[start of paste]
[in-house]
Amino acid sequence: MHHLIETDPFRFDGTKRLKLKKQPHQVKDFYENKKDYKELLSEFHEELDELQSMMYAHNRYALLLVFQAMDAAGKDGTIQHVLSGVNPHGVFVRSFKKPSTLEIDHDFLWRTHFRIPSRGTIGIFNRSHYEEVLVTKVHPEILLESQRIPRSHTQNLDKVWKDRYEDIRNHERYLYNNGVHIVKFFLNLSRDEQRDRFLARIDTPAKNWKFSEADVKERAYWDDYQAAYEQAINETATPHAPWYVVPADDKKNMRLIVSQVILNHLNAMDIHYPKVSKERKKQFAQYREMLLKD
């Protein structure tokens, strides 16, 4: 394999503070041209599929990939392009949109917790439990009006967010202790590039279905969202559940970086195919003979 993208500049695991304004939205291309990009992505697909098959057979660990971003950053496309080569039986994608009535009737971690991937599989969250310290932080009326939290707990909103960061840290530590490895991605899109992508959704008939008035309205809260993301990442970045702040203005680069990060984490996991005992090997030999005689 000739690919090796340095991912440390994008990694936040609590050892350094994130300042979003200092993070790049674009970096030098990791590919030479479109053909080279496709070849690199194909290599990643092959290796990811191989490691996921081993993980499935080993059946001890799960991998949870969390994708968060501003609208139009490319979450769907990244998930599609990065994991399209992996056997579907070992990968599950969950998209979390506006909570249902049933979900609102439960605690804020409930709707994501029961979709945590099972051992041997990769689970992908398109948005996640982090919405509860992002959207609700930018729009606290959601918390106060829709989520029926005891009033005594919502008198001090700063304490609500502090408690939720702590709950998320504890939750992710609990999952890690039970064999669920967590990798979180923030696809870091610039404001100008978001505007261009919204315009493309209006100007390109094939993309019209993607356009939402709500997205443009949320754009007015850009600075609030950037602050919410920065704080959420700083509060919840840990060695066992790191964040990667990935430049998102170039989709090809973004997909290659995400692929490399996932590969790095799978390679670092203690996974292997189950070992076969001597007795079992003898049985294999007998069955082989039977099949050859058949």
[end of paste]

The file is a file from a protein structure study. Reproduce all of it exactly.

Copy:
[in-house]
Amino acid sequence: MHHLIETDPFRFDGTKRLKLKKQPHQVKDFYENKKDYKELLSEFHEELDELQSMMYAHNRYALLLVFQAMDAAGKDGTIQHVLSGVNPHGVFVRSFKKPSTLEIDHDFLWRTHFRIPSRGTIGIFNRSHYEEVLVTKVHPEILLESQRIPRSHTQNLDKVWKDRYEDIRNHERYLYNNGVHIVKFFLNLSRDEQRDRFLARIDTPAKNWKFSEADVKERAYWDDYQAAYEQAINETATPHAPWYVVPADDKKNMRLIVSQVILNHLNAMDIHYPKVSKERKKQFAQYREMLLKD
């Protein structure tokens, strides 16, 4: 394999503070041209599929990939392009949109917790439990009006967010202790590039279905969202559940970086195919003979 993208500049695991304004939205291309990009992505697909098959057979660990971003950053496309080569039986994608009535009737971690991937599989969250310290932080009326939290707990909103960061840290530590490895991605899109992508959704008939008035309205809260993301990442970045702040203005680069990060984490996991005992090997030999005689 000739690919090796340095991912440390994008990694936040609590050892350094994130300042979003200092993070790049674009970096030098990791590919030479479109053909080279496709070849690199194909290599990643092959290796990811191989490691996921081993993980499935080993059946001890799960991998949870969390994708968060501003609208139009490319979450769907990244998930599609990065994991399209992996056997579907070992990968599950969950998209979390506006909570249902049933979900609102439960605690804020409930709707994501029961979709945590099972051992041997990769689970992908398109948005996640982090919405509860992002959207609700930018729009606290959601918390106060829709989520029926005891009033005594919502008198001090700063304490609500502090408690939720702590709950998320504890939750992710609990999952890690039970064999669920967590990798979180923030696809870091610039404001100008978001505007261009919204315009493309209006100007390109094939993309019209993607356009939402709500997205443009949320754009007015850009600075609030950037602050919410920065704080959420700083509060919840840990060695066992790191964040990667990935430049998102170039989709090809973004997909290659995400692929490399996932590969790095799978390679670092203690996974292997189950070992076969001597007795079992003898049985294999007998069955082989039977099949050859058949």